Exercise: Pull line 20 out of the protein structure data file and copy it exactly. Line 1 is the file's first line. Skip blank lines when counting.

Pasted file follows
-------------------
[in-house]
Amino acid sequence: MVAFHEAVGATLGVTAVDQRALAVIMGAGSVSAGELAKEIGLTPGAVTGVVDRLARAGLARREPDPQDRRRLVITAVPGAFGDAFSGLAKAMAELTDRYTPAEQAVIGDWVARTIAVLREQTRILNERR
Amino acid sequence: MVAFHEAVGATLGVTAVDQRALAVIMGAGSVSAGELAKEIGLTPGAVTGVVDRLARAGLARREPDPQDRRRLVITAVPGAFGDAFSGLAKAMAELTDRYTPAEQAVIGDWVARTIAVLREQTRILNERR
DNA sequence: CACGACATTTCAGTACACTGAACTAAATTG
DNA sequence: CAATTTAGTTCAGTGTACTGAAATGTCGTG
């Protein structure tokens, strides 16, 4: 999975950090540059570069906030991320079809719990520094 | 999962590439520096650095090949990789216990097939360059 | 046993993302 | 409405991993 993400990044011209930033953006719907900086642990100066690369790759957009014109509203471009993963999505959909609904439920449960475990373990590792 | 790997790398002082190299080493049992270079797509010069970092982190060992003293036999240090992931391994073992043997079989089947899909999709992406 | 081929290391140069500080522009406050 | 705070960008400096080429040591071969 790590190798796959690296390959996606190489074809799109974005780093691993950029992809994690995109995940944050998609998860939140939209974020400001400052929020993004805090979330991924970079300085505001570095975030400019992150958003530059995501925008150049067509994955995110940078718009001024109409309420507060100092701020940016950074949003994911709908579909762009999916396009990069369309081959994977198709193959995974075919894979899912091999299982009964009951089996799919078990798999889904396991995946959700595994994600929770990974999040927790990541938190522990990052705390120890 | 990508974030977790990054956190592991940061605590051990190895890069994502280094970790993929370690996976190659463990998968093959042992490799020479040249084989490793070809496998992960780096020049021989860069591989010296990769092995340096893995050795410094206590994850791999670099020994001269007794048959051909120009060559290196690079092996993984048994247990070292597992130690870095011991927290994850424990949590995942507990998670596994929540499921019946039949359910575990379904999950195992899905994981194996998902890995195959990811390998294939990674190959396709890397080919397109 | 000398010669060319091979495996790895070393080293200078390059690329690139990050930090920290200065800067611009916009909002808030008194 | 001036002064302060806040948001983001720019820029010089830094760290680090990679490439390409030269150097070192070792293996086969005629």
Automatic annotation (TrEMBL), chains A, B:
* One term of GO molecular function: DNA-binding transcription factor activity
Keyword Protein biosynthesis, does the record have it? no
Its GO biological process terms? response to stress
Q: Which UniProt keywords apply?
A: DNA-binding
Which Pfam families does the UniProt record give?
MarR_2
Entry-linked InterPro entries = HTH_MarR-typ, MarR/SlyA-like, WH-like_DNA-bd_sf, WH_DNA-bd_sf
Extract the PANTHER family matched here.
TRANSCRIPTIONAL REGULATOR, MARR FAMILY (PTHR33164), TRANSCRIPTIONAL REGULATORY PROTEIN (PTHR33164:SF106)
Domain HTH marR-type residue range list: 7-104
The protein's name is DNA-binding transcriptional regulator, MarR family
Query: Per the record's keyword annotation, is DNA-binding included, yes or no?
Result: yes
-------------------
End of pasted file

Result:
Query: Per the record's keyword annotation, is DNA-binding included, yes or no?